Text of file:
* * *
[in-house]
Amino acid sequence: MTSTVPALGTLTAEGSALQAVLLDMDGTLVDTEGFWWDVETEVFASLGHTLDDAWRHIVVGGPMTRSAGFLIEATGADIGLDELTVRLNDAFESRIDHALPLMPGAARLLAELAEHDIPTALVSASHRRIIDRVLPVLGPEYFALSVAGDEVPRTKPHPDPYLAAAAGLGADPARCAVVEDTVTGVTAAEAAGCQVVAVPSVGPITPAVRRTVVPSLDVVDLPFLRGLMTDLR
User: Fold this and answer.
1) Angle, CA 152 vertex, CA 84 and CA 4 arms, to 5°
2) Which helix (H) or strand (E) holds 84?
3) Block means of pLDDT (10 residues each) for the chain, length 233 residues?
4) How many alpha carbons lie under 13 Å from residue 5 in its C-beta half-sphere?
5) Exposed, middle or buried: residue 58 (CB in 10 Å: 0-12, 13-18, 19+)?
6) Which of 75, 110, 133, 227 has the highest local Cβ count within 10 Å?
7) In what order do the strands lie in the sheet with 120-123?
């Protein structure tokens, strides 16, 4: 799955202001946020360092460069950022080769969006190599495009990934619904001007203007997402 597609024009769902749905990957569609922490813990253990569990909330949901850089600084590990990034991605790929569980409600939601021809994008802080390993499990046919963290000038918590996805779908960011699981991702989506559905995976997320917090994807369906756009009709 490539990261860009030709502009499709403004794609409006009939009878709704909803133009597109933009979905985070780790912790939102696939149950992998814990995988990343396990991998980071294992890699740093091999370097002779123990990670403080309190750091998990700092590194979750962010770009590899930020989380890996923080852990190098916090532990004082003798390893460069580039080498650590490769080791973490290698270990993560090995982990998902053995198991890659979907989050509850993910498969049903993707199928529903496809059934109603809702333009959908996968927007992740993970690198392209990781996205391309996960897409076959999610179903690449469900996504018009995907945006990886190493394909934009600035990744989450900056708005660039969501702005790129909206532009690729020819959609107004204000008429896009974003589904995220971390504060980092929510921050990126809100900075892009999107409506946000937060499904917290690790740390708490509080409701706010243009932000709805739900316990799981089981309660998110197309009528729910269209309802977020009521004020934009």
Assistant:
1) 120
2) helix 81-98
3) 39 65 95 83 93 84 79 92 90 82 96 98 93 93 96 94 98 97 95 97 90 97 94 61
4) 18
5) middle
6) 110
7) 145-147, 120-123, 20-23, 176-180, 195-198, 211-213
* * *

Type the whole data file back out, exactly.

[in-house]
Amino acid sequence: MTSTVPALGTLTAEGSALQAVLLDMDGTLVDTEGFWWDVETEVFASLGHTLDDAWRHIVVGGPMTRSAGFLIEATGADIGLDELTVRLNDAFESRIDHALPLMPGAARLLAELAEHDIPTALVSASHRRIIDRVLPVLGPEYFALSVAGDEVPRTKPHPDPYLAAAAGLGADPARCAVVEDTVTGVTAAEAAGCQVVAVPSVGPITPAVRRTVVPSLDVVDLPFLRGLMTDLR
User: Fold this and answer.
1) Angle, CA 152 vertex, CA 84 and CA 4 arms, to 5°
2) Which helix (H) or strand (E) holds 84?
3) Block means of pLDDT (10 residues each) for the chain, length 233 residues?
4) How many alpha carbons lie under 13 Å from residue 5 in its C-beta half-sphere?
5) Exposed, middle or buried: residue 58 (CB in 10 Å: 0-12, 13-18, 19+)?
6) Which of 75, 110, 133, 227 has the highest local Cβ count within 10 Å?
7) In what order do the strands lie in the sheet with 120-123?
């Protein structure tokens, strides 16, 4: 799955202001946020360092460069950022080769969006190599495009990934619904001007203007997402 597609024009769902749905990957569609922490813990253990569990909330949901850089600084590990990034991605790929569980409600939601021809994008802080390993499990046919963290000038918590996805779908960011699981991702989506559905995976997320917090994807369906756009009709 490539990261860009030709502009499709403004794609409006009939009878709704909803133009597109933009979905985070780790912790939102696939149950992998814990995988990343396990991998980071294992890699740093091999370097002779123990990670403080309190750091998990700092590194979750962010770009590899930020989380890996923080852990190098916090532990004082003798390893460069580039080498650590490769080791973490290698270990993560090995982990998902053995198991890659979907989050509850993910498969049903993707199928529903496809059934109603809702333009959908996968927007992740993970690198392209990781996205391309996960897409076959999610179903690449469900996504018009995907945006990886190493394909934009600035990744989450900056708005660039969501702005790129909206532009690729020819959609107004204000008429896009974003589904995220971390504060980092929510921050990126809100900075892009999107409506946000937060499904917290690790740390708490509080409701706010243009932000709805739900316990799981089981309660998110197309009528729910269209309802977020009521004020934009």
Assistant:
1) 120
2) helix 81-98
3) 39 65 95 83 93 84 79 92 90 82 96 98 93 93 96 94 98 97 95 97 90 97 94 61
4) 18
5) middle
6) 110
7) 145-147, 120-123, 20-23, 176-180, 195-198, 211-213